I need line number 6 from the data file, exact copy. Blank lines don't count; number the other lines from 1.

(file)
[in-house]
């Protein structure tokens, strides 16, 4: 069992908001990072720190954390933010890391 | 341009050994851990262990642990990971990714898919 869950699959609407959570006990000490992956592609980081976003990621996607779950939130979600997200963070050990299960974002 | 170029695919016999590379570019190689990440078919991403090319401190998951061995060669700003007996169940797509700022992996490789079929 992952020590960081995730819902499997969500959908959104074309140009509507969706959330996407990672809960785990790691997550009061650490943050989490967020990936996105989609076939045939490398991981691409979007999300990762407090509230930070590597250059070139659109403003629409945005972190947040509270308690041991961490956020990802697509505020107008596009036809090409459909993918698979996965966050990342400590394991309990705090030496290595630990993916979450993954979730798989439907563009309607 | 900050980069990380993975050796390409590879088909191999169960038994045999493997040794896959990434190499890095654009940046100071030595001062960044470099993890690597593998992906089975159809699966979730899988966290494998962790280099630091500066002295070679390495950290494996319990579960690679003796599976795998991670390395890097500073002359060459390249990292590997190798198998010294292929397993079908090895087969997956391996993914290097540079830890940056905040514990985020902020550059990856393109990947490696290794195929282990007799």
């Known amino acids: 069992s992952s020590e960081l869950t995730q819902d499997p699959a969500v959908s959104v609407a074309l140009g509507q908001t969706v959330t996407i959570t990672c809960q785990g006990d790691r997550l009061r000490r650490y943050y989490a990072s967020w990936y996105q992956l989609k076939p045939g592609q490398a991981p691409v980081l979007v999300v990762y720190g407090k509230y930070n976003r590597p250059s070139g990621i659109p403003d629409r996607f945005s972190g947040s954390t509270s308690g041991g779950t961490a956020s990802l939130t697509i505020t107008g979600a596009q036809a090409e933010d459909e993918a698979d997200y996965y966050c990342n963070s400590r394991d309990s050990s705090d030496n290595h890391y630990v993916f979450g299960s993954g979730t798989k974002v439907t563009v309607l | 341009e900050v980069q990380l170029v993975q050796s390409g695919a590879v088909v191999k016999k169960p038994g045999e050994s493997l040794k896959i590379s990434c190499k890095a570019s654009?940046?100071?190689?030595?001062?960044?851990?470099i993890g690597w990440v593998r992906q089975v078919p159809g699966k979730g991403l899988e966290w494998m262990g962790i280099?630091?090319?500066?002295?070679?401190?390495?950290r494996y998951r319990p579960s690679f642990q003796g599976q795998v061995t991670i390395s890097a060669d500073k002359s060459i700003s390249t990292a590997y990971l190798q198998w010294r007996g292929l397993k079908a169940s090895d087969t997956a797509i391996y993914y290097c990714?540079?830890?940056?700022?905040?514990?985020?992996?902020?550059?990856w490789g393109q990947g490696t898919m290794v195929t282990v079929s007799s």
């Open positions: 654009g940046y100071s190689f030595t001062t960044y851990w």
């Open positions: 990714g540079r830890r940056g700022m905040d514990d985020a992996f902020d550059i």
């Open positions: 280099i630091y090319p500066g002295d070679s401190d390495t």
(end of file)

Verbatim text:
């Open positions: 280099i630091y090319p500066g002295d070679s401190d390495t």